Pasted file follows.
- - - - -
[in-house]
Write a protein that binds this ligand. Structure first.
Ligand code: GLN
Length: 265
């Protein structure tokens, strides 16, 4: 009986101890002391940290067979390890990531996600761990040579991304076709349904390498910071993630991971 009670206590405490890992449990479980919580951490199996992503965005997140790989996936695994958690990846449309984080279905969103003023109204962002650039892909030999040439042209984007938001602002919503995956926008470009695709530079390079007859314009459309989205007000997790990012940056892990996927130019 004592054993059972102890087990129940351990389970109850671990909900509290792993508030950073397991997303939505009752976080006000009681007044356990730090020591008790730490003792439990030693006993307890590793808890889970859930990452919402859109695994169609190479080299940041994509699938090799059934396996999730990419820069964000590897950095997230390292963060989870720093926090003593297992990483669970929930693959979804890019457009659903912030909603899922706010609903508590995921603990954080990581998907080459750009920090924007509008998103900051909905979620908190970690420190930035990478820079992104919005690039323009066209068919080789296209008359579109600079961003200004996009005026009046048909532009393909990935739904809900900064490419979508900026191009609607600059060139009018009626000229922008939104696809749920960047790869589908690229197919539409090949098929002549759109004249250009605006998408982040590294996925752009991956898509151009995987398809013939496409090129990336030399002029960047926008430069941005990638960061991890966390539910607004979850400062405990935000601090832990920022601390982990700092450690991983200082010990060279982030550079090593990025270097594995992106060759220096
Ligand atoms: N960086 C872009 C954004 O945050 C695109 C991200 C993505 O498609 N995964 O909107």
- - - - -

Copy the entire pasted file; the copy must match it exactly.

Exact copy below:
[in-house]
Write a protein that binds this ligand. Structure first.
Ligand code: GLN
Length: 265
């Protein structure tokens, strides 16, 4: 009986101890002391940290067979390890990531996600761990040579991304076709349904390498910071993630991971 009670206590405490890992449990479980919580951490199996992503965005997140790989996936695994958690990846449309984080279905969103003023109204962002650039892909030999040439042209984007938001602002919503995956926008470009695709530079390079007859314009459309989205007000997790990012940056892990996927130019 004592054993059972102890087990129940351990389970109850671990909900509290792993508030950073397991997303939505009752976080006000009681007044356990730090020591008790730490003792439990030693006993307890590793808890889970859930990452919402859109695994169609190479080299940041994509699938090799059934396996999730990419820069964000590897950095997230390292963060989870720093926090003593297992990483669970929930693959979804890019457009659903912030909603899922706010609903508590995921603990954080990581998907080459750009920090924007509008998103900051909905979620908190970690420190930035990478820079992104919005690039323009066209068919080789296209008359579109600079961003200004996009005026009046048909532009393909990935739904809900900064490419979508900026191009609607600059060139009018009626000229922008939104696809749920960047790869589908690229197919539409090949098929002549759109004249250009605006998408982040590294996925752009991956898509151009995987398809013939496409090129990336030399002029960047926008430069941005990638960061991890966390539910607004979850400062405990935000601090832990920022601390982990700092450690991983200082010990060279982030550079090593990025270097594995992106060759220096
Ligand atoms: N960086 C872009 C954004 O945050 C695109 C991200 C993505 O498609 N995964 O909107």